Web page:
As our pastor noted recently, we are a “I want” society. We order our coffee the way we desire it. We request sandwiches with organic veggies on gluten free bread, using free range meat or poultry, hold the mayo, add organic mustard. For the majority of persons, such orders are not reality, but merely spoken in jest. However, the list goes on and on for our food to be prepared exactly as we ordered it. As he shared, if we don’t receive what we desire, we are prompt in voicing our concern. Aside from severe food allergies what happens if something we ordered isn’t exactly correct?
I imagine all of us can say at one time or the other we feel we deserve things “our way.” Why do we believe our way is the “only way?” Over the years, as my life has been filled with more challenges, I’ve realized that when we don’t always have things “our way” it can be a blessing. It may be a food order, or perhaps a service you ordered was not provided as promised. What about the appliance or furniture item you purchased and scheduled to be delivered? Upon arrival, it was broken or not the correct item. Those miscalculations might give us the opportunity to try something new, save money or maybe even receive an unexpected benefaction.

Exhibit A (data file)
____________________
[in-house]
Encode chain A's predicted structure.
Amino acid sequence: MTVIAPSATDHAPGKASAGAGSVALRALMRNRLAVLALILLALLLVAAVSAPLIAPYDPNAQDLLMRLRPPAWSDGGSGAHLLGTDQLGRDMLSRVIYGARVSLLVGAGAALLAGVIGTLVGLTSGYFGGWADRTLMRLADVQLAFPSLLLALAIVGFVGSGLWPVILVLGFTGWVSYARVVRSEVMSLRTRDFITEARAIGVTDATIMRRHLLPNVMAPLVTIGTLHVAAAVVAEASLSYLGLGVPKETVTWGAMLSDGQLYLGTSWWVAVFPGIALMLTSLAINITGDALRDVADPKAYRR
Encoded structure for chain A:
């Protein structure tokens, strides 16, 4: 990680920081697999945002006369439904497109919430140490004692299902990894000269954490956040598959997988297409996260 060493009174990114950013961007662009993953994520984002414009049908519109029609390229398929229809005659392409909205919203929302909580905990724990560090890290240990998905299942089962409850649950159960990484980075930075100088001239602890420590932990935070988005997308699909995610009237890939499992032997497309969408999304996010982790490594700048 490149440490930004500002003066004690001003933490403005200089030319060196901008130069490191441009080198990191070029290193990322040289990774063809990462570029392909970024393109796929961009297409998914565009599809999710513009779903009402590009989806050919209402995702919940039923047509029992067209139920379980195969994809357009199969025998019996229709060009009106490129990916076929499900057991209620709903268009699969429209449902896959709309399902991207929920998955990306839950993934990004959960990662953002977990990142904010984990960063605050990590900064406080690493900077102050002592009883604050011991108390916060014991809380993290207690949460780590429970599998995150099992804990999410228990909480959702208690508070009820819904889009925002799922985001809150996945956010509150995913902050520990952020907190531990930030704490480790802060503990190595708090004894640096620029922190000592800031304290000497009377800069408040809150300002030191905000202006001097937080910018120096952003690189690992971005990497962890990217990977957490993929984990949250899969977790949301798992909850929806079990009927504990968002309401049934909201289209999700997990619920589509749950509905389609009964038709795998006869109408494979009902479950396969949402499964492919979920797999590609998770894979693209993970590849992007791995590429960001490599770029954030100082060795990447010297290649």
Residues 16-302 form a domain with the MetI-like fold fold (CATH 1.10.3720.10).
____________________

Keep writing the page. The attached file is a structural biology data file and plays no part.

Do you honestly believe the person making the error did that to upset you? Do we view such situations as an error or assault against us? Why would the average person knowingly choose to offend a customer? Not only would they have the customer’s wrath, but most probably that of their superior.
Have you ever considered stepping back in time 60, 70 or perhaps even 100 years ago? There was one kind of coffee; black. You could add milk or sugar, but there were no fancy coffee shops. If you dined in a restaurant, you ordered what was on the menu; no ordering it “your way.” You ate what was ordered “their way” or went hungry. When you shopped for appliances or furniture, there were few basic choices; unless you were among the wealthy whom could have it “their way.”
What if each of us had an “any way” day; a day that we focused more on others and less on ourselves; the day we said, “anything goes ”. What If you had to dine on cuisine which was not your favorite or visit someplace which was not among your top ten or even do something that day that you had no desire to do? Do you think you would have gained a gift? If you removed “me”, replacing it with “you”, you may receive gifts far greater than money can ever purchase. Isaiah 55:8 NIV, “For my thoughts are not your thoughts, neither are your ways my ways.”